So what if the Shrine were to cut ties?
First, let me be clear, I have never before this year wanted to see this happen. I remained hopeful that Shrine and Freemasonry could walk arm in arm for generations to come. However, after years of watching men be made Masons, and hear of men “waiting till’ there is another one day class” , becoming Worshipful Master, educating myself in the scholar program, and actually being brought to the light of Freemasonry, I honestly believe a complete and total separation is the best thing for harmony and good order of both houses.
If the Shrine and Freemasonry would become separate, it would not be the end of the world. I do not think for one moment either organization would dwindle and cease to exist. On the contrary, I think both organizations would become more prosperous.
For most people who join lodge just to go to Shrine, it works out for them. They have no interest in Freemasonry, and they currently get no Masonic teaching in Shrine, so they win.
For Blue Lodges, we would see men joining who WANT to join. No longer would we have to say things like, “Shrine factory”, “ McMason” , “ Straight to Shrine Guy” or any other negative stigma placed on a man who is just joining to go to Shrine. They would no longer be the problem of Blue Lodge. It would be painful to see the split, but it would take all conflict out of who can do what. One organization would no longer have to make an argument against the other.
For the Shrine, they would get what they want… sovereignty. They would never again have to worry about who is expelled. They would never again have to worry about some outside, uncontrollable force giving them the shaft for any reason. They would be free to govern themselves without fear or discontent or divergence of the Grand Jurisdiction which it resides.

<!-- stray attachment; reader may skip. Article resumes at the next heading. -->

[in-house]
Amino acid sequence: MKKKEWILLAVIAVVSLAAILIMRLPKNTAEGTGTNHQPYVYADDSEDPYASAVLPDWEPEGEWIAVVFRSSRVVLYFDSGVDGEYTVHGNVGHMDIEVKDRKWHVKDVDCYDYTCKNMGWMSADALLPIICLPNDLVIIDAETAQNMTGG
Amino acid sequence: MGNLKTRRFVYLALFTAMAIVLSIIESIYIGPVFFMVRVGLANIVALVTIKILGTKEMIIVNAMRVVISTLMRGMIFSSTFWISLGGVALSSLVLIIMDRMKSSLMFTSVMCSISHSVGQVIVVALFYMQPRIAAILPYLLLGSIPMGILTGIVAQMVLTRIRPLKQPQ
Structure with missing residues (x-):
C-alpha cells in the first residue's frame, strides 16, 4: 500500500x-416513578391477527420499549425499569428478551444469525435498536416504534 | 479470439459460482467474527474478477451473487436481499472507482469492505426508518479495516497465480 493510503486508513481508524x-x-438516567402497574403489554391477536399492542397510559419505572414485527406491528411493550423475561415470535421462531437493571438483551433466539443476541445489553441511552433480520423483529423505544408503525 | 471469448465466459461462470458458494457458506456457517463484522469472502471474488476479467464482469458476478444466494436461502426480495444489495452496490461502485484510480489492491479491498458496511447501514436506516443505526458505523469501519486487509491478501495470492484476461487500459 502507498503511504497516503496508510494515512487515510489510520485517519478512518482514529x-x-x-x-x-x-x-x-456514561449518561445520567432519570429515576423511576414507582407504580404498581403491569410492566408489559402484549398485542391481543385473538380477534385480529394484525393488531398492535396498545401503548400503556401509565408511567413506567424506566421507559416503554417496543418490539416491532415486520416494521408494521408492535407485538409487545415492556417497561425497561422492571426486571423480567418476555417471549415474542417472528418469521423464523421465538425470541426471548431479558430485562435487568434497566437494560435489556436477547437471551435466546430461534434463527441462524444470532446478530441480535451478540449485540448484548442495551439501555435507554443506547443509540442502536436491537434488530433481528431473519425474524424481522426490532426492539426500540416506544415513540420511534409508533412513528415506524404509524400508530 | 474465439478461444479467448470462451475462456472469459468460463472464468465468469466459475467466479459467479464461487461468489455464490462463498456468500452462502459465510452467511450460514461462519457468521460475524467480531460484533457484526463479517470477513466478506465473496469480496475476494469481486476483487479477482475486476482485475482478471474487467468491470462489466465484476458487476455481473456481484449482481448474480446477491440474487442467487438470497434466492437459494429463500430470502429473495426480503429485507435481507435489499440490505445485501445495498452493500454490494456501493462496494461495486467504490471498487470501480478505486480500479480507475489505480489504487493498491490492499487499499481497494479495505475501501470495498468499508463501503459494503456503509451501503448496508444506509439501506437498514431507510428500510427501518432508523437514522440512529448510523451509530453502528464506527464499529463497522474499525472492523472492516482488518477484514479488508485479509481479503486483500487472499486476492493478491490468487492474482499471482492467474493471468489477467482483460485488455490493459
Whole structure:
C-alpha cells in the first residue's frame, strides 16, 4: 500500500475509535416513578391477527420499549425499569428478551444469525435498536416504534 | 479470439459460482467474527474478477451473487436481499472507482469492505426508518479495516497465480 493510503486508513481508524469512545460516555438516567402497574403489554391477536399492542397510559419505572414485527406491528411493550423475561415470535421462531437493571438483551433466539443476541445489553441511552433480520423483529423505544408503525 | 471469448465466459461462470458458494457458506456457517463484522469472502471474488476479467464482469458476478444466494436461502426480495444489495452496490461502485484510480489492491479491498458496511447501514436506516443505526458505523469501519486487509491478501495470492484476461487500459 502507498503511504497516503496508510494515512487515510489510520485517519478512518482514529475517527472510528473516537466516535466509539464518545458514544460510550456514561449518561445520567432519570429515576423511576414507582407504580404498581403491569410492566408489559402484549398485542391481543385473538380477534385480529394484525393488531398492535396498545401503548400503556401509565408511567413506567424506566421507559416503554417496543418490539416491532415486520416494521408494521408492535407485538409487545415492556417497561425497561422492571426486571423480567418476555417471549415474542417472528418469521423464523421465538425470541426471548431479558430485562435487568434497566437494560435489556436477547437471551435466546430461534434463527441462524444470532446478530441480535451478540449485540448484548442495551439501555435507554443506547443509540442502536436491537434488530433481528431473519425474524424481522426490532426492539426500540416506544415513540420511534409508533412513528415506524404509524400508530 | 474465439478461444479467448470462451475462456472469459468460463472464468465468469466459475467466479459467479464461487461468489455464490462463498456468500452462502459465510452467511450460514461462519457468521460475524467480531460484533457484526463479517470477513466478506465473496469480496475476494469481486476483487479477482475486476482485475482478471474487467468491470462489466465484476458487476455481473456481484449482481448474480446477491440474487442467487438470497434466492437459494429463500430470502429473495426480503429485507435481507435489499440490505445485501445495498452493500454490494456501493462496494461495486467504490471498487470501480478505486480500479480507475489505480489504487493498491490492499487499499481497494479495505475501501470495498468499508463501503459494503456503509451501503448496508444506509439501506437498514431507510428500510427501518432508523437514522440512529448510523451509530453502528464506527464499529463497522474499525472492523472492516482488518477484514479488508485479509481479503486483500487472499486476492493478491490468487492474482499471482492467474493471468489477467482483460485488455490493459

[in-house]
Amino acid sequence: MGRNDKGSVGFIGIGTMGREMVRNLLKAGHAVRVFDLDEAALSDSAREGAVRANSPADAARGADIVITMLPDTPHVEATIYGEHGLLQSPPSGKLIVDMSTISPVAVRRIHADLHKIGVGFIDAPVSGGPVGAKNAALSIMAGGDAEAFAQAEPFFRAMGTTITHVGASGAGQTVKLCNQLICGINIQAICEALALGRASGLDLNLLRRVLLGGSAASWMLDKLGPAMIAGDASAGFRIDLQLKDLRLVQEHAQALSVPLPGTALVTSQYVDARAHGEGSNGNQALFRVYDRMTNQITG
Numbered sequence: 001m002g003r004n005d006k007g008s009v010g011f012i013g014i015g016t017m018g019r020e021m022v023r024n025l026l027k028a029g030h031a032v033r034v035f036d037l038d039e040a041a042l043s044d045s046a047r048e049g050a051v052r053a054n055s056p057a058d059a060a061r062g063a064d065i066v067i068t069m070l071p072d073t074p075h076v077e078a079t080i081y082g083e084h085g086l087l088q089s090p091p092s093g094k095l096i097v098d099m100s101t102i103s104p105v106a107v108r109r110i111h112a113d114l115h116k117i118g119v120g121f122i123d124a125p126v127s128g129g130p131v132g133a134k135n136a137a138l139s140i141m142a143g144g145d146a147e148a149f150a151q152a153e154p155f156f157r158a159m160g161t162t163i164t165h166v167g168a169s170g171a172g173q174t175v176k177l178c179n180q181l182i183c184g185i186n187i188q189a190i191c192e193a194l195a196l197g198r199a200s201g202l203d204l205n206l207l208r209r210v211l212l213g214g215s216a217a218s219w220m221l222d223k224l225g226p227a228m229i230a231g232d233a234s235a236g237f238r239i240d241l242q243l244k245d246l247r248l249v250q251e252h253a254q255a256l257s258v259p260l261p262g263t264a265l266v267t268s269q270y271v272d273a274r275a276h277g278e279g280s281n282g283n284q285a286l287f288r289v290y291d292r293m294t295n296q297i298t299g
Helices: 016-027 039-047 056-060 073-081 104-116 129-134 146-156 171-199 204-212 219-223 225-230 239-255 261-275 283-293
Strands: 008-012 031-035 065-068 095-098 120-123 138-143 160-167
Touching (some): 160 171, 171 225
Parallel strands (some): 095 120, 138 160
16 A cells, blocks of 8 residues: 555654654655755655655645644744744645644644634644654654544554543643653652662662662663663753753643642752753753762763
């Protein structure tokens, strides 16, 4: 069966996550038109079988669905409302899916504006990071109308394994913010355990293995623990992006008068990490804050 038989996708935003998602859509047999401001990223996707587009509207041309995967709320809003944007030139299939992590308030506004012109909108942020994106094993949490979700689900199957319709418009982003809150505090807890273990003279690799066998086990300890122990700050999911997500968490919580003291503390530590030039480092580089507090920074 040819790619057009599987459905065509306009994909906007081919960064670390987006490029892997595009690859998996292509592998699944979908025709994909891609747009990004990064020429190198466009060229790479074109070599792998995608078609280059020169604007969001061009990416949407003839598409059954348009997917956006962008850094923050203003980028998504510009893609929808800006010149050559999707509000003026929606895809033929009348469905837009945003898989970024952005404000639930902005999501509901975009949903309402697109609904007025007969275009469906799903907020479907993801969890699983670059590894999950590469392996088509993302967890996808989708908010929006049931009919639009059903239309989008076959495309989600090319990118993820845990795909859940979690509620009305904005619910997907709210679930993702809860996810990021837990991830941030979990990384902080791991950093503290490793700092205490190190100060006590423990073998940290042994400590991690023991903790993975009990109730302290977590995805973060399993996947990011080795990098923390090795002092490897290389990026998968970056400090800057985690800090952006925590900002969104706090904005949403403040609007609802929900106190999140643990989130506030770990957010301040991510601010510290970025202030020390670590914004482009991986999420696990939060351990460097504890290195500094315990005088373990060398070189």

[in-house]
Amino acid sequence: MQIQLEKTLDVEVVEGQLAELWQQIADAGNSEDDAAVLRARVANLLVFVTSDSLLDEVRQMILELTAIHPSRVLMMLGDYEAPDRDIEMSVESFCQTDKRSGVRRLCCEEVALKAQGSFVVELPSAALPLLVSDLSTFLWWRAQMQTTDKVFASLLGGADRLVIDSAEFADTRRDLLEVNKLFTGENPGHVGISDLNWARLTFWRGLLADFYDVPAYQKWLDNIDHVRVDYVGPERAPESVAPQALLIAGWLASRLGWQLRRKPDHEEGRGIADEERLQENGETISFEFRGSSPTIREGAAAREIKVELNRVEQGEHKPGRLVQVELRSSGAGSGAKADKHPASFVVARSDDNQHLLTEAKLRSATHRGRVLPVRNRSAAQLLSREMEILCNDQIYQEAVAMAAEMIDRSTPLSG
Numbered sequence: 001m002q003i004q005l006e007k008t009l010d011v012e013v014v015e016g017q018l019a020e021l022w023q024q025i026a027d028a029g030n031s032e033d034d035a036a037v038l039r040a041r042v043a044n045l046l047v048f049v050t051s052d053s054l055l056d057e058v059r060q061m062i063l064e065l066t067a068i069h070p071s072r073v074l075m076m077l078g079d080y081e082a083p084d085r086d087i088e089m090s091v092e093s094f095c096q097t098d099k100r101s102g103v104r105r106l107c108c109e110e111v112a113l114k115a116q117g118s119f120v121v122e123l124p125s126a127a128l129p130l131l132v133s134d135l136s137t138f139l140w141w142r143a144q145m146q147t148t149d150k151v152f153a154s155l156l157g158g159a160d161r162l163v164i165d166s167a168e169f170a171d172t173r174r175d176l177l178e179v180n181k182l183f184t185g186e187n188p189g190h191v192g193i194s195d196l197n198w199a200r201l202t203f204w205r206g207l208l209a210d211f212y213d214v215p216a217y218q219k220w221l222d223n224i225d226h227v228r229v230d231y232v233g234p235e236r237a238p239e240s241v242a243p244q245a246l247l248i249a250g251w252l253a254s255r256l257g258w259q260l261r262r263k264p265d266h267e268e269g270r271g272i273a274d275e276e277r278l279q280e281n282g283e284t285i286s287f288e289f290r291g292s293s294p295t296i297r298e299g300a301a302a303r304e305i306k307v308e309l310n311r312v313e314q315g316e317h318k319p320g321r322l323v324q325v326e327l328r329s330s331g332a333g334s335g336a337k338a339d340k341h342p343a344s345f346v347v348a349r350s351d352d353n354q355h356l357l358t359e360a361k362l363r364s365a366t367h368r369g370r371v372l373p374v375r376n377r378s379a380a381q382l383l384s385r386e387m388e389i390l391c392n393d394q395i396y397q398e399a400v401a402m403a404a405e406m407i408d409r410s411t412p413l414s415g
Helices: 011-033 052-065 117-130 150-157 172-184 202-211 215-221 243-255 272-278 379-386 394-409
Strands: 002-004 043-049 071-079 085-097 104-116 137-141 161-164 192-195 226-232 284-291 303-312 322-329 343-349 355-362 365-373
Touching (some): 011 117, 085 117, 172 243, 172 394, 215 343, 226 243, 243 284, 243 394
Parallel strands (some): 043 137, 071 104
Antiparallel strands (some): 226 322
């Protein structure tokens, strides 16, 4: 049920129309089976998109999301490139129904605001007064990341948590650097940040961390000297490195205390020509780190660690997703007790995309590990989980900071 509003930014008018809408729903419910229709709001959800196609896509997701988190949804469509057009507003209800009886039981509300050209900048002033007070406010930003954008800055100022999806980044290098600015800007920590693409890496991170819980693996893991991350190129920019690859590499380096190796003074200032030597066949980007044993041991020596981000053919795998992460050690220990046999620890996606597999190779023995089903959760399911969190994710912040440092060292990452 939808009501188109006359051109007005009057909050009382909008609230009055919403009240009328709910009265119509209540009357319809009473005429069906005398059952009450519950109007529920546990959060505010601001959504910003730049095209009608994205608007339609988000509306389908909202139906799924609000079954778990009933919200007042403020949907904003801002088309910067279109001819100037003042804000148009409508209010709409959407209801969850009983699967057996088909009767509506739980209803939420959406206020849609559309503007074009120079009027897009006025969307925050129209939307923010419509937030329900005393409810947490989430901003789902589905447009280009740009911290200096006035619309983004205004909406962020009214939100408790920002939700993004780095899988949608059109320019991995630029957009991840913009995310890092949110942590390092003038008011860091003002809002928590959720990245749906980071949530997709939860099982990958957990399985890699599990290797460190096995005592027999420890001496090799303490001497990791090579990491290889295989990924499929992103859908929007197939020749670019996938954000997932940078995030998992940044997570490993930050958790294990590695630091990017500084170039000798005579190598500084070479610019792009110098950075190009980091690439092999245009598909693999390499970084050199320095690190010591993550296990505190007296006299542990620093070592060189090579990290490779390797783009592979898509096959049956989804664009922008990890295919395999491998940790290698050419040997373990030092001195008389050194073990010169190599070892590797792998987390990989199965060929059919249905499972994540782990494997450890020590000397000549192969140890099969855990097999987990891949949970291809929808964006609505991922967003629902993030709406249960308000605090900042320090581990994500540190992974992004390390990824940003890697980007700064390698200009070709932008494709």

The members of BOTH organizations win. Any Mason would be able to join the Shrine. I don’t see a split as having the organizations declare each other clandestine and forbid membership in each other’s organizations. It happens to be this way currently in Arkansas because of the membership requirement that is currently in existence. Once membership requirements would be dropped, and the Shrine is no longer a Masonic body, they Grand Lodges would not be able to govern its members or forbid them from membership.
This would be the exact same as a Mason who is also a Lion or a Moose. A Grand Lodge cannot tell a man he cannot be a Moose or an Elk or a Lion. A Grand Lodge has zero control over a member’s personal choices outside of Freemasonry as long as the other organizations are not claiming to be a Masonic organization. A Freemason is still a Freemason if he is an Elk. A Freemason would still be a Freemason if he was a Shriner.
Another great thing that would come out of this is that we, as Masons, would finally lose the false sense of achievement by joining the Shrine. For years many men carried this misguided notion that the Shrine was somehow the top of the Masonic chain. Men carried this belief that when they finally “reached” the Shrine they were in some way superior Masons. At one time this was actually true. I disagree with the notion, but it was true in practice. A man became a Master Mason, went up one side or the other (York or Scottish) and then one day was able to dawn his Fez. If we still had this requirement of advancement then I would be making a different argument at this time, but as it currently stands, there are next to NO ACTUAL requirements to join Shrine. One needs not be anything but a one day class Mason to walk in, slap a fez on, and start helping children. This is great for the Shrine, but robs the new Shriner into an extra set of yearly dues.